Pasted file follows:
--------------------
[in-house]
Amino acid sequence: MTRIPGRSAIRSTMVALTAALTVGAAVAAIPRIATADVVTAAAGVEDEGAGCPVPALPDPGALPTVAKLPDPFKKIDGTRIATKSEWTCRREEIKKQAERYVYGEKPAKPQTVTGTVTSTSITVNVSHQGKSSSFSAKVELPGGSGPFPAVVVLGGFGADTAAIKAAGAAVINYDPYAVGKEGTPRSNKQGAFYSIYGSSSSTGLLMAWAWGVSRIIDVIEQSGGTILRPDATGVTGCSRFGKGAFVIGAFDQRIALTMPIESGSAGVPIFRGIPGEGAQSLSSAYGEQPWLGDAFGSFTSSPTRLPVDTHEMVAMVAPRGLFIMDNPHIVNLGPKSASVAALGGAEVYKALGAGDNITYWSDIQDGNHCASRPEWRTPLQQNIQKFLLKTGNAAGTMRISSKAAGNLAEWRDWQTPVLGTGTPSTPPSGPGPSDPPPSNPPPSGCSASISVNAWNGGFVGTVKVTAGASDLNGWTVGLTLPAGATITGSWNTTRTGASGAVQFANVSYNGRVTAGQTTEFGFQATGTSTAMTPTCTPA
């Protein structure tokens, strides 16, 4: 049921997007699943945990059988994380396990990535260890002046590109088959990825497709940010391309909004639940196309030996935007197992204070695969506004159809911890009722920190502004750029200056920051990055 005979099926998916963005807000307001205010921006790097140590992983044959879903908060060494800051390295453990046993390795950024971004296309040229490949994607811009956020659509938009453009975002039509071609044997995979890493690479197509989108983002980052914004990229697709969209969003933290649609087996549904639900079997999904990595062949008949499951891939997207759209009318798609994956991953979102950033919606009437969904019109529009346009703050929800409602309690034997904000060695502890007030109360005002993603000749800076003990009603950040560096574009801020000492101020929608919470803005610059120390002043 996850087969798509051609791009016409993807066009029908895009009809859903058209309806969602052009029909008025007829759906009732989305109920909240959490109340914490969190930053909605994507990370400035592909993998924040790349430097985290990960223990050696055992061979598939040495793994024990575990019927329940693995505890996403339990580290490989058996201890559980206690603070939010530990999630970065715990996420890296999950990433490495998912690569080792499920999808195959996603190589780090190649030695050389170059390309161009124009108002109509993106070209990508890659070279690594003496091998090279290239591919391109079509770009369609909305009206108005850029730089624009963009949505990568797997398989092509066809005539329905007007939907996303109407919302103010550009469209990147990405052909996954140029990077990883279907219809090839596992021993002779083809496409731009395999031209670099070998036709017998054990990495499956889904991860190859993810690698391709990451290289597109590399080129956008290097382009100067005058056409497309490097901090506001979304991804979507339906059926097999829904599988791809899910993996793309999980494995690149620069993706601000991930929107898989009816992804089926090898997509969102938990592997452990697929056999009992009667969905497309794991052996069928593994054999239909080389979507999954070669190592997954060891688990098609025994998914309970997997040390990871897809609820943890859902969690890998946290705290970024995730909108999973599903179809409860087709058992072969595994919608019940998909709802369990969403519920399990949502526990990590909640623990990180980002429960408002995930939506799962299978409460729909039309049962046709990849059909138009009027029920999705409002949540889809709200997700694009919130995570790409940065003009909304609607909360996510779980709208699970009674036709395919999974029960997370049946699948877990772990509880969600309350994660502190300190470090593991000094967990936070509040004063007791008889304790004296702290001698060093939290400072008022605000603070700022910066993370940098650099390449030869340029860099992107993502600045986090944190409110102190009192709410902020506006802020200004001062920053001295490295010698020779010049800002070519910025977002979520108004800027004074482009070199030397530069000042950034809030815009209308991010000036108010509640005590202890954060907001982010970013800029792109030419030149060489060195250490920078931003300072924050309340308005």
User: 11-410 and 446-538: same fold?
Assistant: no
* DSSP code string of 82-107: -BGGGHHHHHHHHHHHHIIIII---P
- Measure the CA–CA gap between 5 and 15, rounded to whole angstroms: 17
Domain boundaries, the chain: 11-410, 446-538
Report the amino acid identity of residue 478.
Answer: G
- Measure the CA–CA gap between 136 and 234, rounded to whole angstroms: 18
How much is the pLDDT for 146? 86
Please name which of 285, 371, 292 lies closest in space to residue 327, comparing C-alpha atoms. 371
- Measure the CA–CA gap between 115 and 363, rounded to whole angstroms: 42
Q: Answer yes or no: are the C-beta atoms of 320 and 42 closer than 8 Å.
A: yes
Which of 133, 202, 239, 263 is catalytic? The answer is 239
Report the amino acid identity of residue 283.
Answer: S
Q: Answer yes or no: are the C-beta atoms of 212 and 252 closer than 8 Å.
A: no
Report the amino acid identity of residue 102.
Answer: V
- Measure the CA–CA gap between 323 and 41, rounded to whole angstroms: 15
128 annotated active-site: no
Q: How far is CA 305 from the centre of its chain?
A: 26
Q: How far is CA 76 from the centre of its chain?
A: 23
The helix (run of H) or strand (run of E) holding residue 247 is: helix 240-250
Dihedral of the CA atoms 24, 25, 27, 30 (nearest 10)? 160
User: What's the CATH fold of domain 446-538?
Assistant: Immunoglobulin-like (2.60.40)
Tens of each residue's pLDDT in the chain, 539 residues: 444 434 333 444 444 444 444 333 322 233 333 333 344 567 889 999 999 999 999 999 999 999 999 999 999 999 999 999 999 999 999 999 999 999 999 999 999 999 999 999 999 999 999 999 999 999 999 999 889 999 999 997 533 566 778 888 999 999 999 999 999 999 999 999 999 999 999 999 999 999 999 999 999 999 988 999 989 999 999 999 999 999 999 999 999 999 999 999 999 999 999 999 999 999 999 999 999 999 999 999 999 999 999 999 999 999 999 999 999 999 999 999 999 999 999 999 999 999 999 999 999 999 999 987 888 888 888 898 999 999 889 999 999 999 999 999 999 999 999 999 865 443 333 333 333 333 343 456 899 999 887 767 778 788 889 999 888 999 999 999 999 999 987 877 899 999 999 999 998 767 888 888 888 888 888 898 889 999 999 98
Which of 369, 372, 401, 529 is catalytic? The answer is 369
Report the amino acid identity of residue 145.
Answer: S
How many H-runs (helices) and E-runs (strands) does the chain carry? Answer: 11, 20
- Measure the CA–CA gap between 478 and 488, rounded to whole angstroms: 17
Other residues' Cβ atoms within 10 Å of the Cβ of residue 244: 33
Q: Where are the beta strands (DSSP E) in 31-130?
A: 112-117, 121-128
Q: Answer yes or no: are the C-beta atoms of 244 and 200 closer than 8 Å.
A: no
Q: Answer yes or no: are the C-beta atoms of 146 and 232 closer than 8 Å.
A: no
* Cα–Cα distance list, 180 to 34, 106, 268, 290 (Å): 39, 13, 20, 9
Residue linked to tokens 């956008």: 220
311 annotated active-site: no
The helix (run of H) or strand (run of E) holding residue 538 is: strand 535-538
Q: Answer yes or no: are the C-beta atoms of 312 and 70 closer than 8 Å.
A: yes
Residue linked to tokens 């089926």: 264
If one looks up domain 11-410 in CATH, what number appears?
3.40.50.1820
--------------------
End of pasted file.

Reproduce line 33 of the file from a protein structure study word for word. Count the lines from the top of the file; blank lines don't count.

Assistant: Immunoglobulin-like (2.60.40)